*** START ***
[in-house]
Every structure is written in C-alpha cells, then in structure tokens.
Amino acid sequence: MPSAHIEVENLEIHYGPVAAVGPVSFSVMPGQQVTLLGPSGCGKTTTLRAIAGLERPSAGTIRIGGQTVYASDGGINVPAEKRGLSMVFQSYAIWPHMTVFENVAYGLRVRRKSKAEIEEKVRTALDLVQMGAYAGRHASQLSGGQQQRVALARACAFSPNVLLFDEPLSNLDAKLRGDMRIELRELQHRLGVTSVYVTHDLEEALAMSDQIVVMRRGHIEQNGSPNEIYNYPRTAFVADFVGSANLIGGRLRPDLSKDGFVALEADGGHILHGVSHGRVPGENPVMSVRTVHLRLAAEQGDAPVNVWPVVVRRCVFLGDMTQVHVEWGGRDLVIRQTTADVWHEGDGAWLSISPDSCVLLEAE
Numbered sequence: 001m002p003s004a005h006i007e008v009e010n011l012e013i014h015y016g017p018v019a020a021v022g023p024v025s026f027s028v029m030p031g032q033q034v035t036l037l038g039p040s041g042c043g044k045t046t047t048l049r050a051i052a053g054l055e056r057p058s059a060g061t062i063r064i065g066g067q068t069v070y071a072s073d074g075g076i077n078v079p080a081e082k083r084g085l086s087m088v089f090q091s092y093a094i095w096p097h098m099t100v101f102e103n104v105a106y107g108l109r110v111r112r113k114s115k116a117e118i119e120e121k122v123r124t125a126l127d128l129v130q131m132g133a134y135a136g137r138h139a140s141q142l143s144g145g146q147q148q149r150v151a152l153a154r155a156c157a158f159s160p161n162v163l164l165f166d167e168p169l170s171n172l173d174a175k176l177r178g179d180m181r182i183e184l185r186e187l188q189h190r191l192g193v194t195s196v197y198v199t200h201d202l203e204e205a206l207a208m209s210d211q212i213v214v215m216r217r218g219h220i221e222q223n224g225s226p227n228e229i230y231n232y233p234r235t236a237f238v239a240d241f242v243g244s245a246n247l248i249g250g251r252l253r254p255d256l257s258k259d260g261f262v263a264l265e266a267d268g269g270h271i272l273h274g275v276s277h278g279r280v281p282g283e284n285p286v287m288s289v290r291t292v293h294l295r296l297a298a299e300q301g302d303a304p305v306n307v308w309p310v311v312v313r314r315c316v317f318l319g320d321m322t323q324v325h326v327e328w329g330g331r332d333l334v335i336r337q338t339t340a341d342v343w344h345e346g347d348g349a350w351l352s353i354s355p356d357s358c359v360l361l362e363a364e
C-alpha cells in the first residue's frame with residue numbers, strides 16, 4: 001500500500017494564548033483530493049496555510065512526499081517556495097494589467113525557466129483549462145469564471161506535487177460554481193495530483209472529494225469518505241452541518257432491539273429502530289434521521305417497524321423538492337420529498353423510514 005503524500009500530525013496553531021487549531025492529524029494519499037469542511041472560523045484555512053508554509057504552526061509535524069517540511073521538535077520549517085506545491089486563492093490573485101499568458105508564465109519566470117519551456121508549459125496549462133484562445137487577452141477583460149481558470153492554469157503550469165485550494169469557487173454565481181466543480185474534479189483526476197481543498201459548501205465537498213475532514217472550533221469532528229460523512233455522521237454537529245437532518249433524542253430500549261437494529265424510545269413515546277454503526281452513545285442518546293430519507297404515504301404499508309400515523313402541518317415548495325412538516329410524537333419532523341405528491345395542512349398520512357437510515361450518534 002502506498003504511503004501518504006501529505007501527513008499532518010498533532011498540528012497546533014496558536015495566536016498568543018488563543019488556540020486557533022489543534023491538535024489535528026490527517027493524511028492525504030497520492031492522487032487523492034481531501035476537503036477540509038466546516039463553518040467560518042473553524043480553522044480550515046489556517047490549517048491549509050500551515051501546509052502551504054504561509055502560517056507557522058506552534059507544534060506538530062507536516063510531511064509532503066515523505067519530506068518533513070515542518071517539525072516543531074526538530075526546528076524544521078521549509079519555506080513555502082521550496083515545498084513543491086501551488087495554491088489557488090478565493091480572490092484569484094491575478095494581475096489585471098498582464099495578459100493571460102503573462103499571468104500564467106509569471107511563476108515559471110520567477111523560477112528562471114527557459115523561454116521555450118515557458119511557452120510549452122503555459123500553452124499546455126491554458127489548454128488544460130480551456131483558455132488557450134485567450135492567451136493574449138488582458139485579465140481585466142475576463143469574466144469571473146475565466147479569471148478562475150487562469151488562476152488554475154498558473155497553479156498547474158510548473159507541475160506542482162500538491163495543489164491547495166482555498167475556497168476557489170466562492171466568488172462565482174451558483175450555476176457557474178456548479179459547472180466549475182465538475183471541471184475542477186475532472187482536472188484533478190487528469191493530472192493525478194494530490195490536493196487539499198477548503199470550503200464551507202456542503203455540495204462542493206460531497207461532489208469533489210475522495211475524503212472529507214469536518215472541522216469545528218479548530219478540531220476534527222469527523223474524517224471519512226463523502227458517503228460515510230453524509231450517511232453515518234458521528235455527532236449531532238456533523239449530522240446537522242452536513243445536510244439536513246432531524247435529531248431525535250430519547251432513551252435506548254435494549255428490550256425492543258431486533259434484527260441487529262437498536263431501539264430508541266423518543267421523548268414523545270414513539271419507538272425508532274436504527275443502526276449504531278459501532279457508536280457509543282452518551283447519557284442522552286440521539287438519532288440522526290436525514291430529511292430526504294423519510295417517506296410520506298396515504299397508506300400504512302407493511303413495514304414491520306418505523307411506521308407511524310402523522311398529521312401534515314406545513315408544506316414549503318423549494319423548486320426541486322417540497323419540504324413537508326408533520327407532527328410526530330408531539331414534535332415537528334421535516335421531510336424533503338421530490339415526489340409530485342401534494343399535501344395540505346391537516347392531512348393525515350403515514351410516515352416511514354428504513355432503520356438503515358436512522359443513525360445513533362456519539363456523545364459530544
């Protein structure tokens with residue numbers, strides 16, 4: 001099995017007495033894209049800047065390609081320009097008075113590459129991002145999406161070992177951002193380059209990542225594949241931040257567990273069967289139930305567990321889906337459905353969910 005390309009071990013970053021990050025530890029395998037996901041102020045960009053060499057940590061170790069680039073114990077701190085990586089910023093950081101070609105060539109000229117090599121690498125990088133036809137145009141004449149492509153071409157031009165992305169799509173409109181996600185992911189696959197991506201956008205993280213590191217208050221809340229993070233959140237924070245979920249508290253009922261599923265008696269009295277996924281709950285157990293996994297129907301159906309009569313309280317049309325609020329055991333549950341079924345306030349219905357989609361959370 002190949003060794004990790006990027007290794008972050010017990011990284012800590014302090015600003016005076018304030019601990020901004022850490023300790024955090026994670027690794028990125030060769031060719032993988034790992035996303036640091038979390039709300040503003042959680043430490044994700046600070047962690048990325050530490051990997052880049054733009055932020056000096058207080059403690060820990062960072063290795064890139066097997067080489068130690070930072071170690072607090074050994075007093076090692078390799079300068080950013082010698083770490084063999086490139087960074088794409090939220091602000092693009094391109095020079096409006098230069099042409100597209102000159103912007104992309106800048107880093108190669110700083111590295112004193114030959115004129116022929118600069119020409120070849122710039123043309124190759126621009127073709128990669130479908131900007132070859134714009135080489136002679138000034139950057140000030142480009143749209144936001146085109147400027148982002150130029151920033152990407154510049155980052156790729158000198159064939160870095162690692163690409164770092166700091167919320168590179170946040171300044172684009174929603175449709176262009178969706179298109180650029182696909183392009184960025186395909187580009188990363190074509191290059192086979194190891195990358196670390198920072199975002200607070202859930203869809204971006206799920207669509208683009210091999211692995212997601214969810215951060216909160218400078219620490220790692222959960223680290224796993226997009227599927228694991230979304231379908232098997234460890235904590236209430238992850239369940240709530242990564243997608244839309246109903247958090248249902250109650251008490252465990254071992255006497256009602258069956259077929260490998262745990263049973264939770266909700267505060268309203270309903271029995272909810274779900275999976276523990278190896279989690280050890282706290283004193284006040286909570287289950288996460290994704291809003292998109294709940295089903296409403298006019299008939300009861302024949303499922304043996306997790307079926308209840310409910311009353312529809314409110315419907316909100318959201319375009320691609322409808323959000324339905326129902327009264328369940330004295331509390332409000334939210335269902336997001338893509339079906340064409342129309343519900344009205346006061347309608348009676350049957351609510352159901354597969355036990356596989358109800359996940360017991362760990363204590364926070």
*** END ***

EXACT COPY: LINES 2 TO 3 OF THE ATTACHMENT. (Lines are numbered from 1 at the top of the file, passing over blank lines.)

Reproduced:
Every structure is written in C-alpha cells, then in structure tokens.
Amino acid sequence: MPSAHIEVENLEIHYGPVAAVGPVSFSVMPGQQVTLLGPSGCGKTTTLRAIAGLERPSAGTIRIGGQTVYASDGGINVPAEKRGLSMVFQSYAIWPHMTVFENVAYGLRVRRKSKAEIEEKVRTALDLVQMGAYAGRHASQLSGGQQQRVALARACAFSPNVLLFDEPLSNLDAKLRGDMRIELRELQHRLGVTSVYVTHDLEEALAMSDQIVVMRRGHIEQNGSPNEIYNYPRTAFVADFVGSANLIGGRLRPDLSKDGFVALEADGGHILHGVSHGRVPGENPVMSVRTVHLRLAAEQGDAPVNVWPVVVRRCVFLGDMTQVHVEWGGRDLVIRQTTADVWHEGDGAWLSISPDSCVLLEAE